Being the glutton for challenge, adventure and general fiber learning, I was intrigued by a posting for a class on Bohus Stickning. The intrigue began with the name. I did the natural thing, I googled it. Wow, great pictures and what do you know, I own a book that seems to feature that very subject! Poems of Color was a book purchase that I made simply because it had a great cover. That and lots of pictures of sketches on graph paper representing color combinations and designs for knitting. The artist in me was very excited. The knitter in me did not know quite what to think.
The class was being taught by Susanna Hansson. She would be in town for the weekend and there were a couple of choices, Sunday's class was for mittens, using a unique method for carrying color up the mitt for color designs that ran vertically. The pattern for these mittens and a great description was in last month's Piecework magazine (the one with the poem mittens on the cover). I have the magazine, and may one day make the mittens.
The Saturday class was the one that caught my eye. It was described as an introduction to the history of this type of knitting and a workshop to make the historic Bohus Blue Shimmer cuffs (see her website, they are beautiful!) I wanted to know more about the history of knitting in general and liked the aspect of the artistic uniqueness of a group of women creating wonderful wool and angora blend patterned sweaters on tiny needles for the wealthy.
I started some cuffs, on the tiny (size 00 needles) using the color chart that has repeats of different multiples for each section. This requires increases and decreases to make them work out. It also requires a magnification device, plenty of eye rest and a marker to keep your place. Who would have thought that the advent of asphalt would begin an artistic movement in knitting? The hubbies who used to work in stone found themselves out of work in the quarries when asphalt was developed, so the women came to the rescue. They did their usual home bound laundry, kids, cooking and cleaning bit, then settled in for the evening. By dim light, using essentially bike spokes, they carefully planned and knit these fantastic sweaters. The yarn was weighed before they received it and weighed again as the sweater to be sure that the lowly artisans would not keep any materials for themselves.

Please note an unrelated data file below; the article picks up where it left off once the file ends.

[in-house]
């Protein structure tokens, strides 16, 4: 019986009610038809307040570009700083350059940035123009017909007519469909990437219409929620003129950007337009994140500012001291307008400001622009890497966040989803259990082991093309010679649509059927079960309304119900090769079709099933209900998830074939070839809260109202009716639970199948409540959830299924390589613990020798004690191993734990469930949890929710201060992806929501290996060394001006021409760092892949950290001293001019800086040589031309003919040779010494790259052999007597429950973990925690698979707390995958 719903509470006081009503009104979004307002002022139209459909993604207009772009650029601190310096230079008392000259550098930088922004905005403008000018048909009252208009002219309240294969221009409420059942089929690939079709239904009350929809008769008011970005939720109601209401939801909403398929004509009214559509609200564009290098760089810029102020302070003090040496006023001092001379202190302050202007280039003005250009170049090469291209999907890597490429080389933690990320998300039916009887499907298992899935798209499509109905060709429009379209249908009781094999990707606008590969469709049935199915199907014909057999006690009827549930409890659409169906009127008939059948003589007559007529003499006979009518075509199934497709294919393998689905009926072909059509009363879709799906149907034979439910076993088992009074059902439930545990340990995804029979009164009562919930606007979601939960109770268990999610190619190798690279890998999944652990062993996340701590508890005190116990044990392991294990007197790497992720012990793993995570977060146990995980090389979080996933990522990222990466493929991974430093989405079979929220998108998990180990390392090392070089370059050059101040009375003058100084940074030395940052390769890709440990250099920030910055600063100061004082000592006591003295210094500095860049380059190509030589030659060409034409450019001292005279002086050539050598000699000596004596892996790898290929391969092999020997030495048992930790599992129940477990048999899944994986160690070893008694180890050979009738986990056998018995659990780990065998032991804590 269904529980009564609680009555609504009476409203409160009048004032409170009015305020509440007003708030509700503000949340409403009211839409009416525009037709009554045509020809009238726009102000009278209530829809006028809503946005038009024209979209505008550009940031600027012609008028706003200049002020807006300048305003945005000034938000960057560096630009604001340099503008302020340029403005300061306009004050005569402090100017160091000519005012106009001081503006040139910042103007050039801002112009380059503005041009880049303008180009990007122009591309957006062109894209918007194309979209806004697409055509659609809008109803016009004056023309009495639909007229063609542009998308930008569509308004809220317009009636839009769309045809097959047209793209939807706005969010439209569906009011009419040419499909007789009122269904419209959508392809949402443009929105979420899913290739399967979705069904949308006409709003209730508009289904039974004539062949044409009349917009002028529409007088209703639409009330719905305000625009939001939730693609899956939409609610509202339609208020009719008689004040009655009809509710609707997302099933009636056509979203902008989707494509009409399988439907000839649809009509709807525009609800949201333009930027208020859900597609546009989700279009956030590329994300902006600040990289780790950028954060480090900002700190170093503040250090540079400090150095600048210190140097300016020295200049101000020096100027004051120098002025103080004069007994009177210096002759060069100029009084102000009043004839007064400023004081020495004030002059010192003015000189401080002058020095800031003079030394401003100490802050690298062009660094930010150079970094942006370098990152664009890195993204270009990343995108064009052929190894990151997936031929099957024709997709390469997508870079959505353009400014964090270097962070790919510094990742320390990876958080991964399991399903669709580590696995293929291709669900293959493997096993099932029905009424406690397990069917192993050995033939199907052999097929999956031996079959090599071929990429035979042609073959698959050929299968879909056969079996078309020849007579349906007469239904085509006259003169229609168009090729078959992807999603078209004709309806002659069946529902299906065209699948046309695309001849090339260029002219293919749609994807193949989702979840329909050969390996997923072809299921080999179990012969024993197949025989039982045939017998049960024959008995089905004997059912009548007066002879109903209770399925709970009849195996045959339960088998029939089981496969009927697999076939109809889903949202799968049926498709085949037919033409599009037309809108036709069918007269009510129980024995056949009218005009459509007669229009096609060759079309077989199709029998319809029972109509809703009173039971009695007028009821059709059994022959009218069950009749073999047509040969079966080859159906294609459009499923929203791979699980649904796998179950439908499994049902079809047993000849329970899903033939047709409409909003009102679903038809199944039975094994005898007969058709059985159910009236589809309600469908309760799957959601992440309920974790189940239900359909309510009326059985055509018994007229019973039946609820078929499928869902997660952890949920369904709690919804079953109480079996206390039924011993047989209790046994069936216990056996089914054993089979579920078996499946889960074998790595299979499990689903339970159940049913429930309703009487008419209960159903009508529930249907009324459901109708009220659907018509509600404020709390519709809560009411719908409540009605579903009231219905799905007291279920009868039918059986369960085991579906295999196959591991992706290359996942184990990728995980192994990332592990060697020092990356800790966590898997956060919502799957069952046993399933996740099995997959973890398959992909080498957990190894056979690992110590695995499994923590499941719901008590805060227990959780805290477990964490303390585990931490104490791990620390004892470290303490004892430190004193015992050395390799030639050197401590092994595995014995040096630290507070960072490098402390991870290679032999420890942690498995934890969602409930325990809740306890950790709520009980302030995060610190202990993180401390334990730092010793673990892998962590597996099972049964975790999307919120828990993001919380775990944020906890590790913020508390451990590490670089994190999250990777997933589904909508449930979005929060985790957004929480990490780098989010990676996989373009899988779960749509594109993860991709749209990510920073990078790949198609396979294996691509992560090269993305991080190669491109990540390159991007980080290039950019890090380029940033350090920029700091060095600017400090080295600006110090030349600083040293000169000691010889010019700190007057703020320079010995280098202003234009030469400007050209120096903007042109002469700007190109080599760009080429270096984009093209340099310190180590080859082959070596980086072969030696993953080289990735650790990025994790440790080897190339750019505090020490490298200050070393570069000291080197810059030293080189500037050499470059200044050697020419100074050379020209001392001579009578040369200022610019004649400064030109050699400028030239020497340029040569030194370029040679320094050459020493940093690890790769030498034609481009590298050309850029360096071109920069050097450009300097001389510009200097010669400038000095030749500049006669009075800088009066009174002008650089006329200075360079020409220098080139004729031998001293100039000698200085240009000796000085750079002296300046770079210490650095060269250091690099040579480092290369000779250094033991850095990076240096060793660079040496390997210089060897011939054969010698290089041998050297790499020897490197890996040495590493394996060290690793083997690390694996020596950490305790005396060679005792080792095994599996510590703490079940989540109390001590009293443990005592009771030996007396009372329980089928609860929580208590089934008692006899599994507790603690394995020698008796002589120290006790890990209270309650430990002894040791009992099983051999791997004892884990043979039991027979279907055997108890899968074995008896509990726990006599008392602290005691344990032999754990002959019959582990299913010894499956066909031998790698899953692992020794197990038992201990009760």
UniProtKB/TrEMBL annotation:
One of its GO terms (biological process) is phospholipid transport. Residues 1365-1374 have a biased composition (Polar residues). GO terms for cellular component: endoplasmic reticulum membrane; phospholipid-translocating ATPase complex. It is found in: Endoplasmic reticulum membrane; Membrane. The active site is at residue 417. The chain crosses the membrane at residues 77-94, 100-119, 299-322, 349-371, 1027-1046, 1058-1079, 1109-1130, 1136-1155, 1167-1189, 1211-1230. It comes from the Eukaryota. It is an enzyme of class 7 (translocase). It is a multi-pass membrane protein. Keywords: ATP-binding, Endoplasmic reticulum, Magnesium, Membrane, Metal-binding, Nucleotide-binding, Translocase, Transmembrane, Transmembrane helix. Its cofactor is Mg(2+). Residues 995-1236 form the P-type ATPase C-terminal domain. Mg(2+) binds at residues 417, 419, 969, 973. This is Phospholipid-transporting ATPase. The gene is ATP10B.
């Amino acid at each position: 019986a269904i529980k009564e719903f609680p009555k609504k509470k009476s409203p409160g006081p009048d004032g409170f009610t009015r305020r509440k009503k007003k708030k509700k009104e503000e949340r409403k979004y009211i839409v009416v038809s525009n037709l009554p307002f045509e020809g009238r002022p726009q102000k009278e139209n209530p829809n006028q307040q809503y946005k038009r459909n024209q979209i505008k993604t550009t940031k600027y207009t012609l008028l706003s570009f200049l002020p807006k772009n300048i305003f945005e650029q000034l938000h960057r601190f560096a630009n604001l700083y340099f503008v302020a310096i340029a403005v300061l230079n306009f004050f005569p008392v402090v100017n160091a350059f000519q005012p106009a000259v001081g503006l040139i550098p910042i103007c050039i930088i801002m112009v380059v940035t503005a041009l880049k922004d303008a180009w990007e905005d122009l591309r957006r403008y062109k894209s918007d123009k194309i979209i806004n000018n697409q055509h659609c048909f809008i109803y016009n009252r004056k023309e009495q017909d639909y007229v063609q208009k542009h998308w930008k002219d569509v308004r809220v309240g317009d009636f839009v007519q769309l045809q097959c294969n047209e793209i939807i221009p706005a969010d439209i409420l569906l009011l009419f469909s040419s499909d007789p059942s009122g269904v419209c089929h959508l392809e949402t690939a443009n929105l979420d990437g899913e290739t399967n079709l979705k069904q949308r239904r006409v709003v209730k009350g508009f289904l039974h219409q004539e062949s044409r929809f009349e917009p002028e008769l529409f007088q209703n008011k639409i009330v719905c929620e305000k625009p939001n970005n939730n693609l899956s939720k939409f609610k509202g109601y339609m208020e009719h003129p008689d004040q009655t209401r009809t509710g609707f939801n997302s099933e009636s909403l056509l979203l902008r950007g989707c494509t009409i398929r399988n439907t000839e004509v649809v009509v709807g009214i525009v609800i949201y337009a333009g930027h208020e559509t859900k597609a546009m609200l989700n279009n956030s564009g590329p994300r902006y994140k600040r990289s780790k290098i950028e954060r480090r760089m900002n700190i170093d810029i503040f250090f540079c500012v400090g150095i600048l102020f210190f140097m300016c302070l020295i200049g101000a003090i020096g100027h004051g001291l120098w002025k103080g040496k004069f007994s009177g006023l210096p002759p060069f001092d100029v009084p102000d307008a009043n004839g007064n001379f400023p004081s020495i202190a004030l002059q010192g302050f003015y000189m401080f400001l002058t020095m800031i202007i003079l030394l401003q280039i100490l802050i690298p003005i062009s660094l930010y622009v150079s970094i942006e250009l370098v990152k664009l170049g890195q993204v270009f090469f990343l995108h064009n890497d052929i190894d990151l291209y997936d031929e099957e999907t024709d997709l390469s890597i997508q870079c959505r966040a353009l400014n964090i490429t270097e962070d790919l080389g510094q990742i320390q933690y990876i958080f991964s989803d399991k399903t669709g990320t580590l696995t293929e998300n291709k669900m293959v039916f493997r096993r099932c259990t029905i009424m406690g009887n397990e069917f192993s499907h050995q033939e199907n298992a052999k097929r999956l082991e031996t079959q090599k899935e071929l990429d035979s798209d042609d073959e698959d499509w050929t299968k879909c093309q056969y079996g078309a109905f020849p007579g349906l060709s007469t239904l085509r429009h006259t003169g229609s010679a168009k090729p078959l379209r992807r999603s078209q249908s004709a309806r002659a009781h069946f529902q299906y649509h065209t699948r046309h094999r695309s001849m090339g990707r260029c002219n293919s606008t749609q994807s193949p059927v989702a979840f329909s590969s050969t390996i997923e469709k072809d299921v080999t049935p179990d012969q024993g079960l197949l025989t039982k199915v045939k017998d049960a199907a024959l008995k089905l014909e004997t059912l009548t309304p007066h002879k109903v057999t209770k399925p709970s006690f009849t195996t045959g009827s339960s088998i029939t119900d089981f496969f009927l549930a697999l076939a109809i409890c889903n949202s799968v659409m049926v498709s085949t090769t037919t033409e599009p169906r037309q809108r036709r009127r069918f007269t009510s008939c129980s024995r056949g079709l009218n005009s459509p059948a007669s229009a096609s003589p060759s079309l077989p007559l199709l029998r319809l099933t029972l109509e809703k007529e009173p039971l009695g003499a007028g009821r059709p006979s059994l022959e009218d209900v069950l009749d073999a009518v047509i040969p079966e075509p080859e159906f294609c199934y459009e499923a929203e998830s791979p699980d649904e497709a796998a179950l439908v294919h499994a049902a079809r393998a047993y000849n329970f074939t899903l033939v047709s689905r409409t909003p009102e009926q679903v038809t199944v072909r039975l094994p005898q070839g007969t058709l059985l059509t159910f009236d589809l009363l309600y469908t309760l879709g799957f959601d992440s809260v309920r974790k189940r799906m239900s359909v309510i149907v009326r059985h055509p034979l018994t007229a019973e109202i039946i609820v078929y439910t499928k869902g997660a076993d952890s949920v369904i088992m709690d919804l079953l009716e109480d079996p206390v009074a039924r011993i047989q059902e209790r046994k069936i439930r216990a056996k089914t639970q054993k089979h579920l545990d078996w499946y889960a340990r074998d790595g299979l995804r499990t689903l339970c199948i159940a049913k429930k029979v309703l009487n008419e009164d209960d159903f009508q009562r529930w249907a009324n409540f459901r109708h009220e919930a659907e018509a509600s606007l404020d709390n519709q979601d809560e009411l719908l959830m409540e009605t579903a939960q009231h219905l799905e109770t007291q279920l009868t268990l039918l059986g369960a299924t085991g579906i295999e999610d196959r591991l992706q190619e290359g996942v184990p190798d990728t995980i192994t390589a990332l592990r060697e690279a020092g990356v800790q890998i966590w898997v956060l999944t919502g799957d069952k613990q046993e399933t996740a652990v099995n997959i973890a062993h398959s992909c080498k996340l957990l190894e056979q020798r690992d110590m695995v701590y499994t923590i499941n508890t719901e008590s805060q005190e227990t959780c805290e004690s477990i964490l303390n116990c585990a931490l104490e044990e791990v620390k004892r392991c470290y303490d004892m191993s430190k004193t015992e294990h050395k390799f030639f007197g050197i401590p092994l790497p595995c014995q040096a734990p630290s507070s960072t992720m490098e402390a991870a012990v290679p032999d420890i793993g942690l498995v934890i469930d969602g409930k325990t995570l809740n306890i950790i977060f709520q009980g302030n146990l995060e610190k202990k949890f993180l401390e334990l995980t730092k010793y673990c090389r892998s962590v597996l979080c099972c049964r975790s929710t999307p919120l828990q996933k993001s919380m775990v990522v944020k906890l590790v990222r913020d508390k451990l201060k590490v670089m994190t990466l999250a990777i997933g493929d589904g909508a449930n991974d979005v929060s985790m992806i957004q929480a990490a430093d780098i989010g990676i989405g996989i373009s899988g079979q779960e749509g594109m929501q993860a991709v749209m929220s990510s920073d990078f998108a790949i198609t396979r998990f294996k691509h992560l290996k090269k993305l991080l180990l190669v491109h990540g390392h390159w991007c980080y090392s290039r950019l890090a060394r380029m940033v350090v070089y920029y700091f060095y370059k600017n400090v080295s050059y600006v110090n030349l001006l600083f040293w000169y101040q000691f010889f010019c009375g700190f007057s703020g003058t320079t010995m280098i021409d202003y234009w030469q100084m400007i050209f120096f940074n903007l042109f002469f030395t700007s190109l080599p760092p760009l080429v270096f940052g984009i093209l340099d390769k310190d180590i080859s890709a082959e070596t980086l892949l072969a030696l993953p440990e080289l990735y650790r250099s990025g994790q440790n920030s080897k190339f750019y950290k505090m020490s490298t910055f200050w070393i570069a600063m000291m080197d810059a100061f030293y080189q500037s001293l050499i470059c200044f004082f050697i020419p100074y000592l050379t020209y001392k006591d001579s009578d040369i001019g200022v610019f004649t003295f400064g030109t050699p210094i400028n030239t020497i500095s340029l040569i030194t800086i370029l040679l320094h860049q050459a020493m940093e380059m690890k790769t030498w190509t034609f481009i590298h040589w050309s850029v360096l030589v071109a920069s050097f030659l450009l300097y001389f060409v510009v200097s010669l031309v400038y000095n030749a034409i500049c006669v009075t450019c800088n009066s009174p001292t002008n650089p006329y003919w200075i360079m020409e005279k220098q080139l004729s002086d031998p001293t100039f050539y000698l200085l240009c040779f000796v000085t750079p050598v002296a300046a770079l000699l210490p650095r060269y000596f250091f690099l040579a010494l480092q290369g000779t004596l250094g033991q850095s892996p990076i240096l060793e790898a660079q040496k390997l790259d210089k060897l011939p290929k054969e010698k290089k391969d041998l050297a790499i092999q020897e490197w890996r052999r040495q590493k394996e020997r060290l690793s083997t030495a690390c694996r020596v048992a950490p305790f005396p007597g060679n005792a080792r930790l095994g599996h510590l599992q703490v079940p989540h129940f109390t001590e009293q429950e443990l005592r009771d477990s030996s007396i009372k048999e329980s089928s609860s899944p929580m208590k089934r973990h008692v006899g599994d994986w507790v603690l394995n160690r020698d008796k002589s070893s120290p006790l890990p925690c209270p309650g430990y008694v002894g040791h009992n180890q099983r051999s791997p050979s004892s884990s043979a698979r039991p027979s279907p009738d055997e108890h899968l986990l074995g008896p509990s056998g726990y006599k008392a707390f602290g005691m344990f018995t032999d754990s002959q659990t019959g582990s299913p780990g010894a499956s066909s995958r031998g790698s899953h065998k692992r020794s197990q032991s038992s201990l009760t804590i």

My cuffs are not done, thanks to the Hanami in all its glory (3x the 32 row pattern-done) but will be. Maybe when the weather suggests the need for them, or possibly sooner. My friend Cheryl, well, let's just say she is a machine. Hers are done and she is ALSO working on the Hanami, I must find some way to slow her down!
I studied art history in college, as a way to appreciate the development of art movements. I guess it is only natural that it would be interesting to learn about the history of knitting for different purposes and in different cultures. Bohus Stickning is a bit highbrow, but lovely and interesting. Now, a whole sweater on miniature needles....I would go blind.